09 January 2007

why wire v.10

another section of my proposal based off of the why wire post from before. edited many times.

From a young age, I have been surrounded by wire. At first, I used wire for practical things around the farm, which led me to make wire jewelry and even small sculptures. When I was in my second undergraduate year at MIT, I saw Arthur Ganson's exhibit at the MIT Museum and was fascinated by the machines I saw there: here were materials I knew and understood being used in novel ways. I was so inspired by seeing this that I decided to start building mechanical wire sculptures of my own. I found that it was a great way to merge wire and the machines in which I was interested. As a result of this exposure, I constructed a gyroscopic kinetic sculpture for my undergraduate thesis in mechanical engineering as a way to build up my own physical intuition. With the Future of Learning Group, I decided to explore the use of wire as a construction material, for I believe it has many benefits that other materials or building kits may not have, especially for people who might otherwise not find these means accessible.
Fixed materials such as LEGO are useful because they are standard, clasp together well, and have spacing that facilitates gearing. They are popular because one does not have to think deeply to use them; their shape informs the builder how to construct with them. The thinking on the part of the designer is limited to how to brace structures and how to incorporate the gear spacings and parts provided in the kit. The size and shape of what one can build with LEGO is for the most part limited to small and rectangular objects. Moreover, the cost of LEGO is prohibitive in most school settings, particularly in the developing world. Working with wire not only loosens the cost constraint but, more importantly, removes the constraints on size and shape, while adding an opportunity for the builder to explore mechanical and structural design in a new and more creative way.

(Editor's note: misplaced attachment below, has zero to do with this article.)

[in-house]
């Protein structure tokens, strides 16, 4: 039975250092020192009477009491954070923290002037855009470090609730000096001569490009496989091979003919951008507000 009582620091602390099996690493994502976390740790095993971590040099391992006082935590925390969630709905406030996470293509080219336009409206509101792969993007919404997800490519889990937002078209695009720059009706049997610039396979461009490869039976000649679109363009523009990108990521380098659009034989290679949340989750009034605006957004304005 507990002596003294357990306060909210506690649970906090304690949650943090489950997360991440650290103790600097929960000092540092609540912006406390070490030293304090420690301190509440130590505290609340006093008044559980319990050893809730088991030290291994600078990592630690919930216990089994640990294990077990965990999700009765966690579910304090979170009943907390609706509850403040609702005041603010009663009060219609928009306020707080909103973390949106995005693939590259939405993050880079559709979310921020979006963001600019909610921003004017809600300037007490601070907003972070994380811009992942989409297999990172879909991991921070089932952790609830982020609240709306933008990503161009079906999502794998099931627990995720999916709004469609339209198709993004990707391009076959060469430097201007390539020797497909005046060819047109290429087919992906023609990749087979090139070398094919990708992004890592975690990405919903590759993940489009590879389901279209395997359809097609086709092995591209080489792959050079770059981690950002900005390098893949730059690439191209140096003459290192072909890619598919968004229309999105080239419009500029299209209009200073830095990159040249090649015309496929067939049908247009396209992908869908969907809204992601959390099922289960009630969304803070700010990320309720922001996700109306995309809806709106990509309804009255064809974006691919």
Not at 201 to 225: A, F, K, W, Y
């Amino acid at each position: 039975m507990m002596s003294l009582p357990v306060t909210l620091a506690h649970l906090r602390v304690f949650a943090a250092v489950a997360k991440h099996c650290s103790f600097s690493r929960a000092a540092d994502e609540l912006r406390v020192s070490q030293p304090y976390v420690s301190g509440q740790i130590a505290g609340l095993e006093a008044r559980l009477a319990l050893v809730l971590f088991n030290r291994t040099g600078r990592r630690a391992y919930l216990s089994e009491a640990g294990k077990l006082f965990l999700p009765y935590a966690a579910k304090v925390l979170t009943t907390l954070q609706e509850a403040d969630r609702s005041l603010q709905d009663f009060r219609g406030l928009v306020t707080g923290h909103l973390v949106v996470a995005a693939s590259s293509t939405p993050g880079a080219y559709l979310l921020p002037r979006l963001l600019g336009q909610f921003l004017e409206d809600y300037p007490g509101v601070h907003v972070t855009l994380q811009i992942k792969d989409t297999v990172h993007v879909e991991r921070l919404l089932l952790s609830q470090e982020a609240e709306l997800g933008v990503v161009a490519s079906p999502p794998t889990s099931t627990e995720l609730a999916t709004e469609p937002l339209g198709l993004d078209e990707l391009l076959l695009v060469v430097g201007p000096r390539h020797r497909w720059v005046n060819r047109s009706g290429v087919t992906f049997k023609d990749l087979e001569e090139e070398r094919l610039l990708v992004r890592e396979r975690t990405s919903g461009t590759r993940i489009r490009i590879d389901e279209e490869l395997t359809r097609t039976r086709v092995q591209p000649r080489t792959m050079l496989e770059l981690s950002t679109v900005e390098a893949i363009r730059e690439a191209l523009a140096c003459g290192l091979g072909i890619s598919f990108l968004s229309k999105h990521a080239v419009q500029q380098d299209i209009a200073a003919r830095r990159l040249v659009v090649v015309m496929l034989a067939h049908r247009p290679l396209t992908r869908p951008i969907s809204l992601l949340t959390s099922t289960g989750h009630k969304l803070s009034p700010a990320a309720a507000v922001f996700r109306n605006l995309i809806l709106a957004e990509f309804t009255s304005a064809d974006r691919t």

Flexibility is wire's primary advantage as a material; wire provides physical flexibility, flexibility of the final form and scale, and flexibility in terms of the imagination of the designer to be free build what he or she can imagine. The physical flexibility of wire provides limitations for the designer to work around, which results in every aspect of the machine being considered and constructed by the designer, from gears to connections to axles to size to the more purely aesthetic considerations. This includes incorporation of found objects and craft materials. If the builder does not understand the material's limitations and take them into consideration when designing, the structure might fail. Wire's physical flexibility is also important because of the trial and error of mechanism design it allows: the final design can be tweaked until the mechanism functions (at least, within limits of bending the wire to fatigue). Another affordance of the flexibility is that the resulting kit can also be used in places where it is not easy to afford LEGOs or to precision-engineer machines, such as developing nations, rural areas, or even just regular schools anywhere in the world.
The physical flexibility of wire allows for creating curves, a large range of scale, and the inclusion of found and scavenged objects, thus resulting in flexibility of the final design. Such flexibility gives the builder freedom to come up with a project that they personally care about and expressed in terms they select themselves. Rather than being forced into particular expressions by the limitations of the material, wire provides an underlying syntax adaptable to the epistemological and aesthetic stance of the designer. This connection provides an entry point for people who may not otherwise be interested in using and thus acquiring these concepts. As a feel for the wire is developed, prototyping a new design becomes more like, as Alexander Calder put it, “three-dimensional line drawing.”1 In the end, to make a sculpture work and to make it aesthetically pleasing, one must learn and apply principles of mechanical engineering, physics, and mathematics. The proof of learning is in successful design and construction as well as in the ability to articulate the ideas in artifacts and ideas.

1 comment:

  1. Great article! I love wire too.
    Besides Calder, my favorite wire artists are Elizabeth Berrien, Thomas Hill, Ruth Asawa, and Gego.

    Since we also share common interests in books and movies, I also have to recommend "PopCo" and "The End of Mr. Y" by Scarlett Thomas.

    ~ unigami